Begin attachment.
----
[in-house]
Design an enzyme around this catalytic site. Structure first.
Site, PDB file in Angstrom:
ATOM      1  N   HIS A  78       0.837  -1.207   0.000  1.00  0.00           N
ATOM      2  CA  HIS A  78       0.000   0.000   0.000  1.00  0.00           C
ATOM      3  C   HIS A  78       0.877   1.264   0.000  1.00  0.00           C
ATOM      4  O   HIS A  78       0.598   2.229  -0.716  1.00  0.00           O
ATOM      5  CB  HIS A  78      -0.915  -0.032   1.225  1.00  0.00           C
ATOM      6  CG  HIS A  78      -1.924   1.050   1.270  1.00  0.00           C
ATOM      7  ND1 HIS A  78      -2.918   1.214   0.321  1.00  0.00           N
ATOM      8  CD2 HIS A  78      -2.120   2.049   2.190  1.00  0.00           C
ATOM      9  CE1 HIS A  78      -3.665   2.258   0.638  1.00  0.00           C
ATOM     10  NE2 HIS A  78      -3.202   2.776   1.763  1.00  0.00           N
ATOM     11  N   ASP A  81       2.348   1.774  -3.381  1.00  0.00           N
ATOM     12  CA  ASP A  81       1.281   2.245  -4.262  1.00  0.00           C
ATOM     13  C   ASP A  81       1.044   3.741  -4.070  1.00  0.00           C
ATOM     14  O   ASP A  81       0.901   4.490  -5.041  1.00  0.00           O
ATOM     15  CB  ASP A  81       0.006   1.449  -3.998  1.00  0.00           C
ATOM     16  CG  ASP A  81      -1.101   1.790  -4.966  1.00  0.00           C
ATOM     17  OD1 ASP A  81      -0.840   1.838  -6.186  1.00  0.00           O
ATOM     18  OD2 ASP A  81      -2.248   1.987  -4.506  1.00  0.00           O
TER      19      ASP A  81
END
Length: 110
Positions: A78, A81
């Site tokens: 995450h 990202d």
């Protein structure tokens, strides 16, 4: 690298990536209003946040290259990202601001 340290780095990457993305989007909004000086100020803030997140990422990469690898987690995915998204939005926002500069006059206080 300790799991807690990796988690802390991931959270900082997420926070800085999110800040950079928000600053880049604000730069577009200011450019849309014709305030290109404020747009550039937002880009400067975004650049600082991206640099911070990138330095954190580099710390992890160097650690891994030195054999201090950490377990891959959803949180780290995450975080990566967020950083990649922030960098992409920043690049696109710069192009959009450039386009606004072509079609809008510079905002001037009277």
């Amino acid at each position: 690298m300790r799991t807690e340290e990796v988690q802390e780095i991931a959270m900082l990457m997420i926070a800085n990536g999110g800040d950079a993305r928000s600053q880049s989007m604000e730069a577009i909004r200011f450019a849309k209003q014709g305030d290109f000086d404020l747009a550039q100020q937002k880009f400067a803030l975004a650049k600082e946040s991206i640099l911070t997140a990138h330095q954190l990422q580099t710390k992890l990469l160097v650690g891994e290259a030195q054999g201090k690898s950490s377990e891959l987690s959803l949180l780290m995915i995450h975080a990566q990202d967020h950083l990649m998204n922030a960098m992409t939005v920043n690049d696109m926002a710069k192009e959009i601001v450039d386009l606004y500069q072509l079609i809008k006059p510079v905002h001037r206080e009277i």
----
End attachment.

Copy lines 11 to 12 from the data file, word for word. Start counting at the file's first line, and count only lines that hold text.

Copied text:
ATOM      8  CD2 HIS A  78      -2.120   2.049   2.190  1.00  0.00           C
ATOM      9  CE1 HIS A  78      -3.665   2.258   0.638  1.00  0.00           C